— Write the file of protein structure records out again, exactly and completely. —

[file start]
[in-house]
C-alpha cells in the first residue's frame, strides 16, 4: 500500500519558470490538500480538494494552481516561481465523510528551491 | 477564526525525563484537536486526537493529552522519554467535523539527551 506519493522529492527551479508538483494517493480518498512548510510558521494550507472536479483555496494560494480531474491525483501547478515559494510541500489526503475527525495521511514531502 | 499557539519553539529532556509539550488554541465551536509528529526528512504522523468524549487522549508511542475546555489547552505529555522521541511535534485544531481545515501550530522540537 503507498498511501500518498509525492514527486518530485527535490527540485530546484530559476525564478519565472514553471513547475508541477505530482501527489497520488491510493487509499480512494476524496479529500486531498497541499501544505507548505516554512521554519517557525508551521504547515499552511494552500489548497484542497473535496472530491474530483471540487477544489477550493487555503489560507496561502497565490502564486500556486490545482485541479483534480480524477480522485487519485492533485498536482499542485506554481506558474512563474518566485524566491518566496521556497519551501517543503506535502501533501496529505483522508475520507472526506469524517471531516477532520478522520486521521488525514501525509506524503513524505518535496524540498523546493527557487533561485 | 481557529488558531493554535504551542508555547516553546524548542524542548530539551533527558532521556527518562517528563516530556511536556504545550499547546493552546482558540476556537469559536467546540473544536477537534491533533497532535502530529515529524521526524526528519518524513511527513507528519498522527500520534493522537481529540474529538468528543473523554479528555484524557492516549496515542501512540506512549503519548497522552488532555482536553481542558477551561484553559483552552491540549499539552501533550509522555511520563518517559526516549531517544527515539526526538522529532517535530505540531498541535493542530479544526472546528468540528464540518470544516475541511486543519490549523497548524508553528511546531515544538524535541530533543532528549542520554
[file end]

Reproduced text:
[in-house]
C-alpha cells in the first residue's frame, strides 16, 4: 500500500519558470490538500480538494494552481516561481465523510528551491 | 477564526525525563484537536486526537493529552522519554467535523539527551 506519493522529492527551479508538483494517493480518498512548510510558521494550507472536479483555496494560494480531474491525483501547478515559494510541500489526503475527525495521511514531502 | 499557539519553539529532556509539550488554541465551536509528529526528512504522523468524549487522549508511542475546555489547552505529555522521541511535534485544531481545515501550530522540537 503507498498511501500518498509525492514527486518530485527535490527540485530546484530559476525564478519565472514553471513547475508541477505530482501527489497520488491510493487509499480512494476524496479529500486531498497541499501544505507548505516554512521554519517557525508551521504547515499552511494552500489548497484542497473535496472530491474530483471540487477544489477550493487555503489560507496561502497565490502564486500556486490545482485541479483534480480524477480522485487519485492533485498536482499542485506554481506558474512563474518566485524566491518566496521556497519551501517543503506535502501533501496529505483522508475520507472526506469524517471531516477532520478522520486521521488525514501525509506524503513524505518535496524540498523546493527557487533561485 | 481557529488558531493554535504551542508555547516553546524548542524542548530539551533527558532521556527518562517528563516530556511536556504545550499547546493552546482558540476556537469559536467546540473544536477537534491533533497532535502530529515529524521526524526528519518524513511527513507528519498522527500520534493522537481529540474529538468528543473523554479528555484524557492516549496515542501512540506512549503519548497522552488532555482536553481542558477551561484553559483552552491540549499539552501533550509522555511520563518517559526516549531517544527515539526526538522529532517535530505540531498541535493542530479544526472546528468540528464540518470544516475541511486543519490549523497548524508553528511546531515544538524535541530533543532528549542520554